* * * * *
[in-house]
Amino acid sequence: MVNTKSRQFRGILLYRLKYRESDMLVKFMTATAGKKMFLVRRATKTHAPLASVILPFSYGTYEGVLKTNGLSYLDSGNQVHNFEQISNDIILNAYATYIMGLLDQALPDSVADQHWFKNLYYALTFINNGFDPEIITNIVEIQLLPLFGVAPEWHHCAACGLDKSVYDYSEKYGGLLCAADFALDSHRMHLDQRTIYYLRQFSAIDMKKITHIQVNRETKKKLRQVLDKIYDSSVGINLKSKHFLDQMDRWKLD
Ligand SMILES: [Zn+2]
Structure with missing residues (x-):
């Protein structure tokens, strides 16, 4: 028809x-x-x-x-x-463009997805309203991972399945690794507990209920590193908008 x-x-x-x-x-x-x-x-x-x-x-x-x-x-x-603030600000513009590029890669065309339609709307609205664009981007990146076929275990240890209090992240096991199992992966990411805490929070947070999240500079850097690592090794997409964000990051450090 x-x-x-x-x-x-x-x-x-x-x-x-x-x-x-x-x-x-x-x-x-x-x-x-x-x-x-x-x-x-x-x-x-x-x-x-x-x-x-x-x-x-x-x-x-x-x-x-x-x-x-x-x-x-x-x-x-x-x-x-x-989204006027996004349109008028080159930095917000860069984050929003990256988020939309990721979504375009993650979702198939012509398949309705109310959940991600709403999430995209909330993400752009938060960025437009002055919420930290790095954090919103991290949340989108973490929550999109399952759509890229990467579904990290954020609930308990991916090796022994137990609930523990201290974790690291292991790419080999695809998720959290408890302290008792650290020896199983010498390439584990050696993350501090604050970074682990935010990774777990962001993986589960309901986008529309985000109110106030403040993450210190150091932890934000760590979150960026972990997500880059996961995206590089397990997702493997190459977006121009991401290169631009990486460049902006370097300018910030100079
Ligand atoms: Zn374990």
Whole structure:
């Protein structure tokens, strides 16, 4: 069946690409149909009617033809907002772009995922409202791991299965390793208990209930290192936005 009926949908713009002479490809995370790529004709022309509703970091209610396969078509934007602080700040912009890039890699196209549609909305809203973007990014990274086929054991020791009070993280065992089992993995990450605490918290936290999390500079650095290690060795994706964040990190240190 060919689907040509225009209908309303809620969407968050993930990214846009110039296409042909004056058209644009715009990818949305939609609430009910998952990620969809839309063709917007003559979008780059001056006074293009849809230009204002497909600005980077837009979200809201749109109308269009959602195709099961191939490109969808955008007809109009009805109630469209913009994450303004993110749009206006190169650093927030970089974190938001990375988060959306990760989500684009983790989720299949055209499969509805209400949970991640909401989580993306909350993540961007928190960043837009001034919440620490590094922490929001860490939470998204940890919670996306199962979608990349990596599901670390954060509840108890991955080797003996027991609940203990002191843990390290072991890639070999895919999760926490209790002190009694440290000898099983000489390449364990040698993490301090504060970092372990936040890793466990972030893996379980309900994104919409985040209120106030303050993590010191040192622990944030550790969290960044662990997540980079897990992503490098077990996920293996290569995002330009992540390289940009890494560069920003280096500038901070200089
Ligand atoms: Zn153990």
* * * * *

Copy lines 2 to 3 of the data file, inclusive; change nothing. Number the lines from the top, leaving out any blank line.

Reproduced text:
Amino acid sequence: MVNTKSRQFRGILLYRLKYRESDMLVKFMTATAGKKMFLVRRATKTHAPLASVILPFSYGTYEGVLKTNGLSYLDSGNQVHNFEQISNDIILNAYATYIMGLLDQALPDSVADQHWFKNLYYALTFINNGFDPEIITNIVEIQLLPLFGVAPEWHHCAACGLDKSVYDYSEKYGGLLCAADFALDSHRMHLDQRTIYYLRQFSAIDMKKITHIQVNRETKKKLRQVLDKIYDSSVGINLKSKHFLDQMDRWKLD
Ligand SMILES: [Zn+2]